We have something really exciting for you today from Disney legend Bob Gurr. He’s starting a new series of articles for you which focus on his amazing travels. You knew Bob was a brilliant designer, but you may not have known that he’s also an avid adventurer and fantastic photographer as well (is there nothing this man can’t do). Welcome to episode one of Bob’s True-Life Adventures!


Today’s Wheel of Adventures stopped at 2013, so here we go.

Twenty six miles across the sea
Santa Catalina is a-waitin’ for me
Santa Catalina, the island of romance

So sang the Four Preps in 1957, their ode to a fantastical place once seemed so far away, but so close today. With a very interesting history, Catalina Island, located off the coast of Southern California was a booming visitor destination in the 1930s.

Press play to set a musical tone for today’s article:

My father took our family to the island by steamship in 1937, later I enjoyed a week at YMCA Camp Fox in 1939. I marveled at the SS Catalina, a real steamship which had a triple expansion three cylinder steam engine located such that there was a viewing balcony so folks could watch all the fascinating mechanical motion-work, which kept me mesmerized.

Cat 3

Avalon, the harbor town, was jammed with sightseers, big band enthusiasts filled the Casino Dance Hall where music programs were beamed to the mainland by radio. Catalina seemed to be a magical south sea island during those years, only to fade almost completely away during the WWII years, never recovering it’s former glory

I revisited postwar Catalina in 1948 by Grumman Goose seaplane, then again in 1958 by private yacht, but it was not the glamourous place of my childhood memories. Then came another family visit in 1991, this by a fast jet boat, followed in October 2013 by an overnight stay – this time I found Catalina to be a wonderful adventure. Join me for two days of exploration.

Today’s Adventure

Along with mountain biking buddy Fred Morgan, we zipped rapidly from the Port of Long Beach to Avalon Harbor in less than an hour by Catalina Express jet boat. Avalon today has a quaint and friendly waterfront filled with numerous restaurants and watering holes, even a small pier where water adventures may be chartered.

The first thing a new visitor will notice is the near absence of automobiles, which have been restricted to only a few. The main private transportation is by gasoline powered golf carts. One gets the impression of a Mediterranean village what with the constant putt-putting sounds everywhere similar to motor scooters.



The town center has a great number of historic old wooden hotels and B&Bs, some of them delightfully colorful and charming. We soon checked into the Catalina Island Inn before heading out for a town stroll. First off, we hiked up a steep hill to enjoy the view of the entire town and lovely harbor filled with all sizes and types of watercraft from kayaks to mega yachts.
















What was surprising was the brilliant blue green water, more like the Caribbean than the local Pacific Ocean. Continuing on past the classic Casino, we next explored Descanso Beach, a fabulous cove filled with snorkelers, a scuba training operation, and kayak rentals. One can savor a fine lunch and libation on a sunny deck overlooking a fine white sandy beach. Can we really still be in Southern California, it’s more like the Mexican Riviera.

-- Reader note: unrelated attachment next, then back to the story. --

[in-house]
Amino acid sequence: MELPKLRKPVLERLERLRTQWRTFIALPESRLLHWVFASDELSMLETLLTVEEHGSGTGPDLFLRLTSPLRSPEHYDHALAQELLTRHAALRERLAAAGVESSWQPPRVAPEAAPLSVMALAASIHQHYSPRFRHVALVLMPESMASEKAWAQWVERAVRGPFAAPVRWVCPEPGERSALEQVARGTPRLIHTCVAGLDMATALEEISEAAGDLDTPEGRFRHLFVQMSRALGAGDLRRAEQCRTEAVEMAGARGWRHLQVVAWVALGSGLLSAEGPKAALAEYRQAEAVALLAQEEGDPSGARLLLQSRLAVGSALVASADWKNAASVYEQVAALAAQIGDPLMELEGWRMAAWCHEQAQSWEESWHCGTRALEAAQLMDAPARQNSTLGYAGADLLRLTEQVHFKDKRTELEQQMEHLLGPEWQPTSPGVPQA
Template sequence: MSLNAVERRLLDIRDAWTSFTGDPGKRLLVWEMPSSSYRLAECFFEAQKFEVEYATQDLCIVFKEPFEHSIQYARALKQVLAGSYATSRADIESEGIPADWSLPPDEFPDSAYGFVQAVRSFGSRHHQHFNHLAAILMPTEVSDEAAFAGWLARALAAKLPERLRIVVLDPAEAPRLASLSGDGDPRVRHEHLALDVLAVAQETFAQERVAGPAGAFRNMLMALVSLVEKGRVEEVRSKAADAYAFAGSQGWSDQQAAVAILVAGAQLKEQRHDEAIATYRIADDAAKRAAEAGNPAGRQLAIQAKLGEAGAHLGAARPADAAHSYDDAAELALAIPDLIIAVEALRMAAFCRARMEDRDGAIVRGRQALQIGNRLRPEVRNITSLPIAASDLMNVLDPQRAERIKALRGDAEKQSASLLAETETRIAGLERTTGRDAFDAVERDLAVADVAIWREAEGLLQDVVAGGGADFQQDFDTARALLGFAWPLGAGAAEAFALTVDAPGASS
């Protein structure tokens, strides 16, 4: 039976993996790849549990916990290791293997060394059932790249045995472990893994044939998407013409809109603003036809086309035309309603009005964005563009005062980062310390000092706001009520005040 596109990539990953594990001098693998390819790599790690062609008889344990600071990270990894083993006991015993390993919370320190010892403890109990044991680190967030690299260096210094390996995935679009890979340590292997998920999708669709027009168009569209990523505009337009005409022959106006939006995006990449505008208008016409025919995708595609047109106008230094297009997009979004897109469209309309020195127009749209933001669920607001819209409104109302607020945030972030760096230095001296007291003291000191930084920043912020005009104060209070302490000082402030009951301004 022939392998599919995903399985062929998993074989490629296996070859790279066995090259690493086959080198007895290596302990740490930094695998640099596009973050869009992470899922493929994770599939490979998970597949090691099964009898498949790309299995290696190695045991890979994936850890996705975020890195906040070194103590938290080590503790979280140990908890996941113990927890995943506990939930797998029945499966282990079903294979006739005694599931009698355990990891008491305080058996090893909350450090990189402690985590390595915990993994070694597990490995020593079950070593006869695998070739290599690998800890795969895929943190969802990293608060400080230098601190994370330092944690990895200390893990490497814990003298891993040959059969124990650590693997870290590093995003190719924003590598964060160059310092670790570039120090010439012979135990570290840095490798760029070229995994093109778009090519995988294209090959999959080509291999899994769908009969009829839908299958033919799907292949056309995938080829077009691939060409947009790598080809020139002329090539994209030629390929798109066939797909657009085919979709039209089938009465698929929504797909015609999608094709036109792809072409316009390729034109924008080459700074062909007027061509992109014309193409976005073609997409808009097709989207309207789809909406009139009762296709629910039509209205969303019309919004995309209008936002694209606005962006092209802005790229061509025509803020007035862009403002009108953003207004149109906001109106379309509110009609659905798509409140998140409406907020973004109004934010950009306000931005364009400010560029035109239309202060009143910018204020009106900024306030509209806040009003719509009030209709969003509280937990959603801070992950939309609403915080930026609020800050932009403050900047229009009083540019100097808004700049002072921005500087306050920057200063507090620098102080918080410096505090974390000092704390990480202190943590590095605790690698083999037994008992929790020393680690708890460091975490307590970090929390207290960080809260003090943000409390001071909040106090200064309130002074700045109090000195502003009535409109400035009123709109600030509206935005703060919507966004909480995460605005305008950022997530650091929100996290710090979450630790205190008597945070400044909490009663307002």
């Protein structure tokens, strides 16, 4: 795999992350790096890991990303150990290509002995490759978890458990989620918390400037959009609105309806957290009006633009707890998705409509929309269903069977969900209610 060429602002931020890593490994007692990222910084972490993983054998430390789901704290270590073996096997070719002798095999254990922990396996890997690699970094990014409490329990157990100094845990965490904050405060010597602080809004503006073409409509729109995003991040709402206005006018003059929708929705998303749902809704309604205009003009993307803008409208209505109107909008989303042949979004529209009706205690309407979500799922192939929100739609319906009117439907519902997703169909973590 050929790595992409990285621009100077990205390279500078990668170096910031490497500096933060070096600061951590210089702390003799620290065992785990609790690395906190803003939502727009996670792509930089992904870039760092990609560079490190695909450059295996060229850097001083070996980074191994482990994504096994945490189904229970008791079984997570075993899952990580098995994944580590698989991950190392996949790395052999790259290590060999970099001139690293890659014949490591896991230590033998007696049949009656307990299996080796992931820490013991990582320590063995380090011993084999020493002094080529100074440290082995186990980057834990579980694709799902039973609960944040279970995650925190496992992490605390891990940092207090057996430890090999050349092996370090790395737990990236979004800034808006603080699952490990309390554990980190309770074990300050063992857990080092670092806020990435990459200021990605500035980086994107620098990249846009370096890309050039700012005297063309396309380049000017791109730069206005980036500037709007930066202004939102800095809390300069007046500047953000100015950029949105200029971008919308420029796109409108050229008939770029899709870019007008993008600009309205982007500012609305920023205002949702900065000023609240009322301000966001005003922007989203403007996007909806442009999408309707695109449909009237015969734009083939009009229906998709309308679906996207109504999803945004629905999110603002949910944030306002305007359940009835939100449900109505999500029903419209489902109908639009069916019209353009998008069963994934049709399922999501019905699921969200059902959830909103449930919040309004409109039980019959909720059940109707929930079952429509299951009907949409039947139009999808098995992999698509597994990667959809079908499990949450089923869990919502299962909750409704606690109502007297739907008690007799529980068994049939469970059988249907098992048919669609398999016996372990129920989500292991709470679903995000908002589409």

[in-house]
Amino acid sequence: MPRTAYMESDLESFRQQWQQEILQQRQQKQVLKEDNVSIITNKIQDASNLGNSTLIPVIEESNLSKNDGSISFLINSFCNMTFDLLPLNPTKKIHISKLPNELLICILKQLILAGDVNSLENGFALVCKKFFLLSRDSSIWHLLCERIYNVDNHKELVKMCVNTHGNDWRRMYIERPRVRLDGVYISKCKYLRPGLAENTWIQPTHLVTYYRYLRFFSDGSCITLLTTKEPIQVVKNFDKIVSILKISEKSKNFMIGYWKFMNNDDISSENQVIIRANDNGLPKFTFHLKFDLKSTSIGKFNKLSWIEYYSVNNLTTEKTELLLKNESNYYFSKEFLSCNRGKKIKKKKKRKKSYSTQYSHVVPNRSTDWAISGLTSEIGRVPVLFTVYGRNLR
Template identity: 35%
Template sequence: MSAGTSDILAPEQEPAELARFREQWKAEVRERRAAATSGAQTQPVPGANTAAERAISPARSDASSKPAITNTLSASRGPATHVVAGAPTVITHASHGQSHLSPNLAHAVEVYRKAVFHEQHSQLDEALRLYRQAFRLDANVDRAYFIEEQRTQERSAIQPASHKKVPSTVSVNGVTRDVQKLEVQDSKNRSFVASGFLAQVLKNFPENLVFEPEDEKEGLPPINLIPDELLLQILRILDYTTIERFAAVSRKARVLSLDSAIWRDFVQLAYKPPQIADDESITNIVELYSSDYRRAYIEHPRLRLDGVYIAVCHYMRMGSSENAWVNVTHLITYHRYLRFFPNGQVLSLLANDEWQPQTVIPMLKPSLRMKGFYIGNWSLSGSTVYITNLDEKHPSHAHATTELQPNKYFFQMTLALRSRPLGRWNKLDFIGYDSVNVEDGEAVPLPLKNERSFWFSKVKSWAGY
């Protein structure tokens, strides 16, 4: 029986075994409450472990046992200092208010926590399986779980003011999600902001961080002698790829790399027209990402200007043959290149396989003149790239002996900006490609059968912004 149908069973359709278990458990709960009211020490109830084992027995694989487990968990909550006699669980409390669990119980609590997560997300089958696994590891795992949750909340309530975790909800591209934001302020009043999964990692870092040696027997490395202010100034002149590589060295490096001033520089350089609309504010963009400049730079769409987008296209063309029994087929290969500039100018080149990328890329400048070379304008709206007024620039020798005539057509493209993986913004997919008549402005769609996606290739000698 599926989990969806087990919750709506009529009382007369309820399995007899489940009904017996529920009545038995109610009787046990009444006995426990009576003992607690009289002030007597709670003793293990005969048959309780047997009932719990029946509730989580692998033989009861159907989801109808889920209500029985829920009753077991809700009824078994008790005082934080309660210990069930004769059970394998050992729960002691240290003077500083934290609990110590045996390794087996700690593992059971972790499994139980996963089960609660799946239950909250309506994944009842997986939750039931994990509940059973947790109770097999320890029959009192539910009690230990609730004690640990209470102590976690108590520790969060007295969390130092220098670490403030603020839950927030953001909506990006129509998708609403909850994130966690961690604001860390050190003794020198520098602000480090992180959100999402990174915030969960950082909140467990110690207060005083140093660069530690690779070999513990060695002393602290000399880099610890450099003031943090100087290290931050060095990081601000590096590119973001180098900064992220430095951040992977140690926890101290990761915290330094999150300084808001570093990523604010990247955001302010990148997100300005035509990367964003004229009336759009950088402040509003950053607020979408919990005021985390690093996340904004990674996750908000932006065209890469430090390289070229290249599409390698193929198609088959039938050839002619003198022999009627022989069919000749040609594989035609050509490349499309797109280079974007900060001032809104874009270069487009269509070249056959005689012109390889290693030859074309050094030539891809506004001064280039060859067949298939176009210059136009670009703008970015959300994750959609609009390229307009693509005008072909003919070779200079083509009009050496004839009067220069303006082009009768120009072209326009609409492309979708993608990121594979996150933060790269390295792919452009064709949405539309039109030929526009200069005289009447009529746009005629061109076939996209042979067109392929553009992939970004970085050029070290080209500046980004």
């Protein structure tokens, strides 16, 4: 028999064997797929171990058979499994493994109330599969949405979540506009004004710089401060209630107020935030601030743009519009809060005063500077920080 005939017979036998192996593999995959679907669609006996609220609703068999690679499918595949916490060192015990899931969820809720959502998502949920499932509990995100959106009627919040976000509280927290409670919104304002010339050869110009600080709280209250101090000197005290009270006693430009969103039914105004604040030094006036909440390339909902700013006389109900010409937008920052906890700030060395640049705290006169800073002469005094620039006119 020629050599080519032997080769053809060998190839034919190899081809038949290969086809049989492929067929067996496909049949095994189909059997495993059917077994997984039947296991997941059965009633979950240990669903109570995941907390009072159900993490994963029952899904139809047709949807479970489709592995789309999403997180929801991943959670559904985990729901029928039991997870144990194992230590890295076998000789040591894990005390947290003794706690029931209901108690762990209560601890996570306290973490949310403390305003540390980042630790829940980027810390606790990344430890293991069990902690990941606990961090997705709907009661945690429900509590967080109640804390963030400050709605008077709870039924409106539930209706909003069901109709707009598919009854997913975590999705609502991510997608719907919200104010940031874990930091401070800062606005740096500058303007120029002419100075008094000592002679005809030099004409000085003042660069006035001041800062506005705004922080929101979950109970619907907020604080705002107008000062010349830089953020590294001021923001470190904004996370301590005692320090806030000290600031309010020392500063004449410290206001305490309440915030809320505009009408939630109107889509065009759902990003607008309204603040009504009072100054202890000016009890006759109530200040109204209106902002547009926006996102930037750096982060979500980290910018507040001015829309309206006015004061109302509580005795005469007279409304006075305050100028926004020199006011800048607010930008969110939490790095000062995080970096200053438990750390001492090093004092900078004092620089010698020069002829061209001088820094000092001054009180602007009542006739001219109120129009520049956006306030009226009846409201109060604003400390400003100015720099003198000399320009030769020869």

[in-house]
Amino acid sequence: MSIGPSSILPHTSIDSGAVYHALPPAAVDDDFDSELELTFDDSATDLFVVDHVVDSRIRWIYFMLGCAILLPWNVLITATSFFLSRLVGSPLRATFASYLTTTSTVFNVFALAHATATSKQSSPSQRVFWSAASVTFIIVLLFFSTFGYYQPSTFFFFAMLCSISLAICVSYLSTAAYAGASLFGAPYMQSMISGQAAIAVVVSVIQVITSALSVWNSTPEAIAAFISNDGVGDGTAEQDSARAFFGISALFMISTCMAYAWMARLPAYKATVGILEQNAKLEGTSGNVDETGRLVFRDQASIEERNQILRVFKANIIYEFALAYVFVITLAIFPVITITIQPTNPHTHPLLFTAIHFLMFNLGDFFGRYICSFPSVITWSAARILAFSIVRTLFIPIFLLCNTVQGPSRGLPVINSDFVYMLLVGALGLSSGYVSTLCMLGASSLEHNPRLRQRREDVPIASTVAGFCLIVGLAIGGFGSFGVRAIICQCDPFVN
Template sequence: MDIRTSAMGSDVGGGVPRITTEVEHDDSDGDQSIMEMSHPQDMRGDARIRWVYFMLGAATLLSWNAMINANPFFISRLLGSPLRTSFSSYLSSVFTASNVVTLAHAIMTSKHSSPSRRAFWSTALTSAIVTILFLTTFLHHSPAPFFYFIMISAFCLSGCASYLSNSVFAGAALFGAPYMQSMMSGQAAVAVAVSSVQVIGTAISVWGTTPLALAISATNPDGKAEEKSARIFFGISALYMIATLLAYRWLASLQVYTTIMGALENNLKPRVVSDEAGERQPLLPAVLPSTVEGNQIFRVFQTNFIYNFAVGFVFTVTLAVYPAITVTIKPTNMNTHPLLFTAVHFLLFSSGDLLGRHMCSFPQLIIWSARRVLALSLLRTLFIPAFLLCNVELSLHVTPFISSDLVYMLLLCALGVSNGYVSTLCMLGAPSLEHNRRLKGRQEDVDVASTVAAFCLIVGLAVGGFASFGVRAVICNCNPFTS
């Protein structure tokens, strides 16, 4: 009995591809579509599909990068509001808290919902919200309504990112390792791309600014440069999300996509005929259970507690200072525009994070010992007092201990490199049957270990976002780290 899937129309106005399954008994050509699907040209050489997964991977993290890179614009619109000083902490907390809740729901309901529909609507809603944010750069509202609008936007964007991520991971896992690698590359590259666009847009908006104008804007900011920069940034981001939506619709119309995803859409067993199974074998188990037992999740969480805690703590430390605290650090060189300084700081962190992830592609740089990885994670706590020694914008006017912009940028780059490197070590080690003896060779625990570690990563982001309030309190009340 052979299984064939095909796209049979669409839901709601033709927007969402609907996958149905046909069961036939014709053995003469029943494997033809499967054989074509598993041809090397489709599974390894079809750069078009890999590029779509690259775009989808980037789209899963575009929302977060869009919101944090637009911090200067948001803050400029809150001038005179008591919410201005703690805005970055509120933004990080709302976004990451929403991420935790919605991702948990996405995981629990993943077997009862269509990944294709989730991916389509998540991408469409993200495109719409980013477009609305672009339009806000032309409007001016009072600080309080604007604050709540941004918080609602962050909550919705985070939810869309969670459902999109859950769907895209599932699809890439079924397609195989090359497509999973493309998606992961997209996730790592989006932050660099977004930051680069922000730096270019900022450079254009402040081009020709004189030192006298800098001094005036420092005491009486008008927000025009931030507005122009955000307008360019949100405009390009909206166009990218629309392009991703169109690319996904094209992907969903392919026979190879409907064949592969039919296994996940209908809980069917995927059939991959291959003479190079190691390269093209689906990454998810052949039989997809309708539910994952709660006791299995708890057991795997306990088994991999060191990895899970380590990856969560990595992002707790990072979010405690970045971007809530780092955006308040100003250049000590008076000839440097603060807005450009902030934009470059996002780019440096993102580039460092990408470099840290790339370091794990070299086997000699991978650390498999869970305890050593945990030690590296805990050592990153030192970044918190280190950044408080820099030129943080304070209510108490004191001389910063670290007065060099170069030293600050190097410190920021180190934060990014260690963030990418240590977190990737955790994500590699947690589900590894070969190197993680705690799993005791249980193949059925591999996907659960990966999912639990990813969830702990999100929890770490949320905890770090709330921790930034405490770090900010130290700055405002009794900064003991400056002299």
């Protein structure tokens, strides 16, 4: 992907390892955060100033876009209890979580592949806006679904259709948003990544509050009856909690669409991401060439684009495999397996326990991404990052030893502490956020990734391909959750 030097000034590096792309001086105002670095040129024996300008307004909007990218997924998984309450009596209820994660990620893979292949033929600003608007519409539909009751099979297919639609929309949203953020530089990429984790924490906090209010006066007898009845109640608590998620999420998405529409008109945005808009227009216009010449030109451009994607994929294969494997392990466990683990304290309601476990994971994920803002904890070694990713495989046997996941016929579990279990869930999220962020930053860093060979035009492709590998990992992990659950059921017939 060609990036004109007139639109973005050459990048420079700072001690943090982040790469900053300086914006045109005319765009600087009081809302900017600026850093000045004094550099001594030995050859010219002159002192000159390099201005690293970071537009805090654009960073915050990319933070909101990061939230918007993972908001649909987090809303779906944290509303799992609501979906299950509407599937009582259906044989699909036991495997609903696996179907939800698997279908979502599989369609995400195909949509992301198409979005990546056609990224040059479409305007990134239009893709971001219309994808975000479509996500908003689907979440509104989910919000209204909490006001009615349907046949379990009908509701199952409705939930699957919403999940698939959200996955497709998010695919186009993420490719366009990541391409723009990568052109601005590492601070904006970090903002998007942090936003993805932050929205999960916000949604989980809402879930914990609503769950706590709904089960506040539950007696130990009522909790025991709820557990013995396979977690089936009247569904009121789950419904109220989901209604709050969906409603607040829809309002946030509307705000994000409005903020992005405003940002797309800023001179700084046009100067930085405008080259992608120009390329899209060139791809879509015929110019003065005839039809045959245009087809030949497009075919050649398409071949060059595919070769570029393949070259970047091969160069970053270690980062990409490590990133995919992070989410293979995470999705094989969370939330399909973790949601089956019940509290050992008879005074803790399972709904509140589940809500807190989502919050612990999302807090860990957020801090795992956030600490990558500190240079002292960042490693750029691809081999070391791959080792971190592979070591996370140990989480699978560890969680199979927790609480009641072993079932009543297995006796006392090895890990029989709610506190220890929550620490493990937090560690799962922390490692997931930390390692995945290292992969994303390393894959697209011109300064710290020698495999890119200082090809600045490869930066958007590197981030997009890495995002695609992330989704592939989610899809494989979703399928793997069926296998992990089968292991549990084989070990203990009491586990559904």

Other Catalina fun includes a submarine ride, glass bottom boats, parasails, and of course plenty of fishing charters. The one big adventure not to be missed is a four hour exploration of the mountains and back country on primitive roads by Hummer vehicles. Catalina away from civilization is a totally pristine wilderness punctuated by numerous bison sightings. The tour passed by old farms and vineyards with a stop at one of the spectacular beaches on the island west coast. 














One can even enjoy a lunch of buffalo chili at the Airport in The Sky restaurant, a stop on the Hummer tour. Yes, one can also arrive by plane at a most interesting historic airport. Twice back in the Disney years, a few of us Imagineers would fly a private plane to Catalina for a long buffalo burger lunch, returning to work just a bit late! One of our engineers would let me perform the landings in his plane to give me the experience of a hilltop runway.

Catalina is slowly coming back to life, with plenty to do and see all year round. Travel to the island is provided by fast jet boats from Long Beach, Port of Los Angeles, and Dana Harbor in Orange county. While the town’s beachfront life is quite a party in summer, any time of year is perfect for a quiet getaway to what still remains from prior times – an island of romance.

Well folks, did you enjoy our first true-life adventure? Have you visited Catalina? What are your tips for this little treasure just off the coast of California?

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Bob Gurr is a true Disney legend who was hired on to design the Autopia for Disneyland. Over nearly four decades, Bob would become famous for developing the Monorails, Submarines, Flying Saucers, antique cars and double-decker buses of Main Street, Ford Motor Company's Magic Skyway (at the 1964-65 New York World's Fair), Omnimover ride system, Matterhorn and lots more. It has been said that if it moves, Bob probably played a part. Upon leaving Imagineering in 1981, Bob worked on a number of "leisure-time spectaculars" and "fantastical beasts" for parks and developments all over the world. Most notably, he created King Kong and Conan's Serpent for Universal Studios Hollywood, A UFO for the closing ceremonies of the 1984 Los Angeles Summer Olympics, and the memorable T-Rex figure featured in Steven Spielberg's motion picture "Jurassic Park." You can find Bob's column, Design: Those Were The Times, right here on MiceChat. Though don't pin Bob down to a schedule, he's busy being "retired."